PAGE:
International Law for Common Goods

Normative Perspectives on Human Rights, Culture and Nature

Edited by: Federico Lenzerini, Ana Filipa Vrdoljak

International law has long been dominated by the state. But, it has become apparent that this bias is unrealistic and untenable in the contemporary world where the rise of the notion of common goods challenges this dominance. These common goods - typically values (like human rights, rule of law, etc.) or common domains (the environment, cultural heritage, space, etc.) - speak to an emergent international community beyond the society of states and the attendant rights and obligations of non-state actors. This book details how three key areas of international law - human rights, culture, and the environment - are pushing the boundaries in this field. Each category is of current and ongoing significance in legal and public discourse, as illustrated by the Syrian conflict (human rights and international humanitarian law), the destruction of mausoleums and manuscripts in Mali (cultural heritage), and the Deepwater Horizon oil spill (the environment). Each exemplifies the need to move beyond a state-focused idea of international law. The timely volume explores how the idea of common goods - in which rights and obligations extend to individuals, groups, and the international community - offers one such avenue and reflects on its transformative impact on international law. (Series: Studies in International Law - Vol. 50) [Subject: Public International Law, Human Rights Law, Environmental Law, Cultural Heritage Law]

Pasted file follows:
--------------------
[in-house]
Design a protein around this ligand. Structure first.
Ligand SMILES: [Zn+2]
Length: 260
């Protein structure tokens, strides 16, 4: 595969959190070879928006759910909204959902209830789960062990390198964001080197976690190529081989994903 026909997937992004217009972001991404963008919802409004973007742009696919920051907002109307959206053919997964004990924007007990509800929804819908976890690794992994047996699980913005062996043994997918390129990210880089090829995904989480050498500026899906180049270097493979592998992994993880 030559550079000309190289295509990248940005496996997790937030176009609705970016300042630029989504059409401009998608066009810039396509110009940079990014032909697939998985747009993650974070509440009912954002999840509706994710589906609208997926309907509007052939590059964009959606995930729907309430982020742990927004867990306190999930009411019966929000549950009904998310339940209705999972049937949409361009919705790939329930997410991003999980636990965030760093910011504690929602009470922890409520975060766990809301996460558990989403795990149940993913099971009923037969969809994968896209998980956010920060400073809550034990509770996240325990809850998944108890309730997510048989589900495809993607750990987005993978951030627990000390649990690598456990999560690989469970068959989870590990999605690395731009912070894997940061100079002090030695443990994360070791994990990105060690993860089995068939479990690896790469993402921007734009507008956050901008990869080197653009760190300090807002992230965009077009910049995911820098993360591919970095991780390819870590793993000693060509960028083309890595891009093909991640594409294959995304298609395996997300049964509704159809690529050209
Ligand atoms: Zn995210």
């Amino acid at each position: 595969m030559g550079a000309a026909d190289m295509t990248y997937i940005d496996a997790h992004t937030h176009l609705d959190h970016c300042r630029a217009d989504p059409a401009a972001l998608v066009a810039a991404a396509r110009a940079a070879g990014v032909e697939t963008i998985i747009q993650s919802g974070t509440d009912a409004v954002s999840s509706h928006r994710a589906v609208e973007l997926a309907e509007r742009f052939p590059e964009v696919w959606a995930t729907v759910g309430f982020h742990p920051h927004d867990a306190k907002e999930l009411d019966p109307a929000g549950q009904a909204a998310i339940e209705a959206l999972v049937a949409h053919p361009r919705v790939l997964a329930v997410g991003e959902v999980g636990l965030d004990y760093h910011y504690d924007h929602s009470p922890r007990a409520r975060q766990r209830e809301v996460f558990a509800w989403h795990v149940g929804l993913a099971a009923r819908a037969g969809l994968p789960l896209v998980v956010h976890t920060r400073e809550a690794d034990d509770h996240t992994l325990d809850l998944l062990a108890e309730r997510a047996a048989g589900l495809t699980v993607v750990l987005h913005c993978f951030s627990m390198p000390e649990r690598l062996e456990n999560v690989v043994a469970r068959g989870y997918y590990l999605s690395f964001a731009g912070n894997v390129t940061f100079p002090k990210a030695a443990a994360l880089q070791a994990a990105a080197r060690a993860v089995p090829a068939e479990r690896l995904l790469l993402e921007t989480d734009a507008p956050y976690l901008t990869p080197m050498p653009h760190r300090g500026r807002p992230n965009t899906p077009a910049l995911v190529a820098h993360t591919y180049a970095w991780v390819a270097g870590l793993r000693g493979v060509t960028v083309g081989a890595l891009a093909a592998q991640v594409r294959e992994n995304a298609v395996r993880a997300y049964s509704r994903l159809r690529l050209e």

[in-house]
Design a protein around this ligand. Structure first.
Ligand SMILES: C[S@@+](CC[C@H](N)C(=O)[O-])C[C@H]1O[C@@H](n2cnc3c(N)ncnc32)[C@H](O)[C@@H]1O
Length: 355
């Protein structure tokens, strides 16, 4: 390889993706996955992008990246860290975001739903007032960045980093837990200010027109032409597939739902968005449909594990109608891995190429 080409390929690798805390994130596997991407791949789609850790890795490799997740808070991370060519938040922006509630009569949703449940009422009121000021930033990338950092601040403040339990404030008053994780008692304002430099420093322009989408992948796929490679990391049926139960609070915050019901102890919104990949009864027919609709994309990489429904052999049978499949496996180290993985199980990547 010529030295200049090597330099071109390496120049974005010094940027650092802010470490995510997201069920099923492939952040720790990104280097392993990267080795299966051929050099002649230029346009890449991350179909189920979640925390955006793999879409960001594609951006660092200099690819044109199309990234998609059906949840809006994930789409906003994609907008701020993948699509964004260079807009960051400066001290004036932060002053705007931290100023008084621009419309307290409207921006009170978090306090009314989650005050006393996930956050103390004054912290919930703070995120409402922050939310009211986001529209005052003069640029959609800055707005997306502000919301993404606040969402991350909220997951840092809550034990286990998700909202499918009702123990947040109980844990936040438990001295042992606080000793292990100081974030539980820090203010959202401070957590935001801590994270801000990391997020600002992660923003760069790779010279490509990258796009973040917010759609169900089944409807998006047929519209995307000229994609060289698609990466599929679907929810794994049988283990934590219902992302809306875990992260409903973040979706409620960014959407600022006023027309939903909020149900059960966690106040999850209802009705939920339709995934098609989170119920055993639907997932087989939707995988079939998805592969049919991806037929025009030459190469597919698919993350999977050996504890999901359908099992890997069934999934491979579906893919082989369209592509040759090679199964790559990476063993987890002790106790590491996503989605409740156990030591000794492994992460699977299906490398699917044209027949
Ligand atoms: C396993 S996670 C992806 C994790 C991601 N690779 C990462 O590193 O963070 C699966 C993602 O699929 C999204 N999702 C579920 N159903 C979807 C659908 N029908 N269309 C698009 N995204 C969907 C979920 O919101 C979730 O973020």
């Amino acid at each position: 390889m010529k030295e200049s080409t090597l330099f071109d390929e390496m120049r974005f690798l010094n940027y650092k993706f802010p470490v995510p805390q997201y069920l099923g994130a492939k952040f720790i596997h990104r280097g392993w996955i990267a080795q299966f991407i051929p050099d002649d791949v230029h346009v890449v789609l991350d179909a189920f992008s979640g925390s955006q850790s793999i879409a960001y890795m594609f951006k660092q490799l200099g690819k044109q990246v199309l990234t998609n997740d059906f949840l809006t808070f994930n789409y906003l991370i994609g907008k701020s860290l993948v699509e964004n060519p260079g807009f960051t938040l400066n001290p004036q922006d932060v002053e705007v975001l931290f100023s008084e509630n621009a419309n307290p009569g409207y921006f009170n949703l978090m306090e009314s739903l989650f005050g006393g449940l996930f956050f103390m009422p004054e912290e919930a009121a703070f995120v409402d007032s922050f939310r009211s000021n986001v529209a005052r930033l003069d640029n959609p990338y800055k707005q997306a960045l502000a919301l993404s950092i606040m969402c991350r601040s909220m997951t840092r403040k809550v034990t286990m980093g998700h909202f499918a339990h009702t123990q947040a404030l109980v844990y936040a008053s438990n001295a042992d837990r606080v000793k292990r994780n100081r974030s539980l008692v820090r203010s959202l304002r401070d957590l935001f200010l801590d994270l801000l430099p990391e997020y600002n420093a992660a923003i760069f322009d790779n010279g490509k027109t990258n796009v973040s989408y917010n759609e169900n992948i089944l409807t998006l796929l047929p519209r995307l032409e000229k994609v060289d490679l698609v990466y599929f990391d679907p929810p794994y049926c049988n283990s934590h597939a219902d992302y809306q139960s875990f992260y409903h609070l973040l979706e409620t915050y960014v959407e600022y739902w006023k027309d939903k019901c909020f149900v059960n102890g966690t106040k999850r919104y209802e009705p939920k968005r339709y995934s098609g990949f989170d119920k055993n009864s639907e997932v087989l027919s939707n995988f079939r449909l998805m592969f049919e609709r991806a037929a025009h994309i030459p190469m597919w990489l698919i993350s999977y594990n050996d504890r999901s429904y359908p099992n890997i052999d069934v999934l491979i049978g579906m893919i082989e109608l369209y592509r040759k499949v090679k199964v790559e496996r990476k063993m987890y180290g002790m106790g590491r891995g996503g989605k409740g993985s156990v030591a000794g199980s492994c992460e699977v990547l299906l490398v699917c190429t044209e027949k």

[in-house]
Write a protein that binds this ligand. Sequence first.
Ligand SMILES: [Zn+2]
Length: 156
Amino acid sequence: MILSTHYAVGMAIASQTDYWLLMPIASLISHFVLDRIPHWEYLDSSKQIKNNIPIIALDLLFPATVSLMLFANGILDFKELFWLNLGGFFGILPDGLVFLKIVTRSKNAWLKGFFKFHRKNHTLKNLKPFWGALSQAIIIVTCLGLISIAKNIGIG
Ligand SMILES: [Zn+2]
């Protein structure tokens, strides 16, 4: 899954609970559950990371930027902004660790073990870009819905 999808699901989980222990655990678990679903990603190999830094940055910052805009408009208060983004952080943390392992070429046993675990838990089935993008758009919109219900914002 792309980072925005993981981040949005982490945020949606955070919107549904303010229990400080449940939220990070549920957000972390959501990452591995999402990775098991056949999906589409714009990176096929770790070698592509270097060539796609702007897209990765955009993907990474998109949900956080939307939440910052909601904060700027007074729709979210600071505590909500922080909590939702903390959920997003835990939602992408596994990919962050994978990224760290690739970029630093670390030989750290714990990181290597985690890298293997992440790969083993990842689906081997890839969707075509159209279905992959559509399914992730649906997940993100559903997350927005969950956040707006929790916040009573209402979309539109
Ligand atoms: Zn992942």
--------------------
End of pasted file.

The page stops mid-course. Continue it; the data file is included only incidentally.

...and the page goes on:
Publication Date: 8/2/2014
Format: Cloth
ISBN: 9781849465199